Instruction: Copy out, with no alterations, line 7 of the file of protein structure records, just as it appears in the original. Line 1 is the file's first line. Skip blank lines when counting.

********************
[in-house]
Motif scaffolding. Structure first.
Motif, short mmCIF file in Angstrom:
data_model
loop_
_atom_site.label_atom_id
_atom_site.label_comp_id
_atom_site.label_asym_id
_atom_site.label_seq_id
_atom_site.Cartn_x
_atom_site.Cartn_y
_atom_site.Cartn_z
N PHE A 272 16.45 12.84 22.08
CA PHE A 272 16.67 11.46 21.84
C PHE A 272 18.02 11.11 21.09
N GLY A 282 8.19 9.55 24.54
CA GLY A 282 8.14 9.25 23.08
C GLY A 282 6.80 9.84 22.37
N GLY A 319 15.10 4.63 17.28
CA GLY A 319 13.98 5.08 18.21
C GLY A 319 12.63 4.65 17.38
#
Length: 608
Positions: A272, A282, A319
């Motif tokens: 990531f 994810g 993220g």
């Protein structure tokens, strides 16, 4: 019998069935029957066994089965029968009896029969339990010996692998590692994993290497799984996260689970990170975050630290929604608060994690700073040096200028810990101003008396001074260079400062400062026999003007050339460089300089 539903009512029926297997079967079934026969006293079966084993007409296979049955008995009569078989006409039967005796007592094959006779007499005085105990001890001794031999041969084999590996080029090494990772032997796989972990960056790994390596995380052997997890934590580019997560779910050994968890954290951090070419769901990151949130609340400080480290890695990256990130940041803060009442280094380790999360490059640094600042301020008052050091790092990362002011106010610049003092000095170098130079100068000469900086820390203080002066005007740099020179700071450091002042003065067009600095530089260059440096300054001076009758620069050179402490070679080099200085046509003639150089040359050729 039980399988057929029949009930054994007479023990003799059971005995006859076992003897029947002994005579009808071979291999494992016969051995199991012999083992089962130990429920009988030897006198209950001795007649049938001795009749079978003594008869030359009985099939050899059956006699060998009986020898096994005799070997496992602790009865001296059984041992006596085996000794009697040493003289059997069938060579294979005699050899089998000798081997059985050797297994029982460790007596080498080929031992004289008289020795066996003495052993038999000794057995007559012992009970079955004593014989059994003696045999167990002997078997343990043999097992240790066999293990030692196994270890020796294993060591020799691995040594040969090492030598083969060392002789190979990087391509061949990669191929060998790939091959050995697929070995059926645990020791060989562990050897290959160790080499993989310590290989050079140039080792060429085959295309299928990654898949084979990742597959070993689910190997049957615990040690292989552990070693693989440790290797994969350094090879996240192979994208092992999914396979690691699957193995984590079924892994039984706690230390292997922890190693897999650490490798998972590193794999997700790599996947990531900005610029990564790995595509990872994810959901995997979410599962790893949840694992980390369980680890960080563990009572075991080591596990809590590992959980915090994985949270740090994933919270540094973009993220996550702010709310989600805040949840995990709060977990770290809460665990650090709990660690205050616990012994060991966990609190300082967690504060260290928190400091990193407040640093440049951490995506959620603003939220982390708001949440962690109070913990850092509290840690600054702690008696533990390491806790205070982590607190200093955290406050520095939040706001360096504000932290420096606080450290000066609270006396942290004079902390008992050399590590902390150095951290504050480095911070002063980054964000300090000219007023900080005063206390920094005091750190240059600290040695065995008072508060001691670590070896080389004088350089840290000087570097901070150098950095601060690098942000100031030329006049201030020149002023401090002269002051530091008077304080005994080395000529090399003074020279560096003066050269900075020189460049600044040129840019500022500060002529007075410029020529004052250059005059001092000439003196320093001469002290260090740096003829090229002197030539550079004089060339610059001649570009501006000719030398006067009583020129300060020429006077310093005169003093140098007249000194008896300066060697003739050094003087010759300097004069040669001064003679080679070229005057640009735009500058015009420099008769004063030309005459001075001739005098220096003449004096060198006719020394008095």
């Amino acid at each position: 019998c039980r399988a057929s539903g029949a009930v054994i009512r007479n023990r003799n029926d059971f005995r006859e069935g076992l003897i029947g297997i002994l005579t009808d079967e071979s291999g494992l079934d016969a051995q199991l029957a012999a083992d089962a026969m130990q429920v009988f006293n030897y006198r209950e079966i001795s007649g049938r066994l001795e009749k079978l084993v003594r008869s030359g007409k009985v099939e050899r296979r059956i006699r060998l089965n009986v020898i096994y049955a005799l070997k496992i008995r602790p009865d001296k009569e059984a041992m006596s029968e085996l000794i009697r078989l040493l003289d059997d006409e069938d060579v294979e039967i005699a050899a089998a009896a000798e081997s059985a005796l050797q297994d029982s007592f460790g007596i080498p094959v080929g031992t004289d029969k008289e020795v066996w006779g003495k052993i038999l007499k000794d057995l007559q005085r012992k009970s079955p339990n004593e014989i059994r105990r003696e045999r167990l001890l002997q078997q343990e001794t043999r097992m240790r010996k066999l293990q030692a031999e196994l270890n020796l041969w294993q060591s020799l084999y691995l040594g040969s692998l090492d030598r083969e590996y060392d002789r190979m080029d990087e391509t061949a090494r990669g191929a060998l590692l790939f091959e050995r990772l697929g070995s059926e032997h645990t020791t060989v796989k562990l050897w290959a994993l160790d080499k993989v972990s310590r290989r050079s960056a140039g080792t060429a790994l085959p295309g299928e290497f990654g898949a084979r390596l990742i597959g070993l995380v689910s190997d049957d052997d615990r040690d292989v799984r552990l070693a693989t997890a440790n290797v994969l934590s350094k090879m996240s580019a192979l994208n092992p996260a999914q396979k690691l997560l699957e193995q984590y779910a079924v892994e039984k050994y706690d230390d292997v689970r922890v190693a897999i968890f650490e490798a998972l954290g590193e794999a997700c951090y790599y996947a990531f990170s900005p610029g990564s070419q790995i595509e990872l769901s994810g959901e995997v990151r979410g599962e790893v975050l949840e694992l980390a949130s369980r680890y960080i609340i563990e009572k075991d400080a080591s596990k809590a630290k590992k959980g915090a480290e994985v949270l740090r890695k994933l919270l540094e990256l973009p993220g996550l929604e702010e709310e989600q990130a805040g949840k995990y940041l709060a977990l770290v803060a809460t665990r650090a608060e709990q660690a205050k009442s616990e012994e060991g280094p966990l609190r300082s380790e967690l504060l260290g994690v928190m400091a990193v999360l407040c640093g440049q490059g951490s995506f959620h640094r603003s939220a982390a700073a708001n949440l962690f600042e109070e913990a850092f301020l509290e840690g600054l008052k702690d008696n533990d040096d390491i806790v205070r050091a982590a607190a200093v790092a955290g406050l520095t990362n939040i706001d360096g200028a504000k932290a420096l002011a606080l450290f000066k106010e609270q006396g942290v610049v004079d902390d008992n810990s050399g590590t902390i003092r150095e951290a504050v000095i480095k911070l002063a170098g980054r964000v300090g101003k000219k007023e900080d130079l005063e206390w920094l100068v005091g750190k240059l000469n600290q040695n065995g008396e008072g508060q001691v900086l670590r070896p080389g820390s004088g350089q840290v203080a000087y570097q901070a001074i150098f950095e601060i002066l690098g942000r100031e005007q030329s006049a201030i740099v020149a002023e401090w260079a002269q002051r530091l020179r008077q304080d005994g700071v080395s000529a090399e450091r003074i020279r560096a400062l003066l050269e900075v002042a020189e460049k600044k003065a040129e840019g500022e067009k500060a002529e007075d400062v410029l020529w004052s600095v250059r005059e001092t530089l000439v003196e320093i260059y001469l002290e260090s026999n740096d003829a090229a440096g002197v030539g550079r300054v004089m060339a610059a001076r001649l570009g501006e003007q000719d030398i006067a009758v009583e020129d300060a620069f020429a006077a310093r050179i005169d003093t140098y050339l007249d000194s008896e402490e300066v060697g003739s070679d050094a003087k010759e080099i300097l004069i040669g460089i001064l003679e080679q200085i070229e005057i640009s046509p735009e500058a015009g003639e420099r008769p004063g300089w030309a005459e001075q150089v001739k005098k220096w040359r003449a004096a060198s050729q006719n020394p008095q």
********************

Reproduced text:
_atom_site.label_comp_id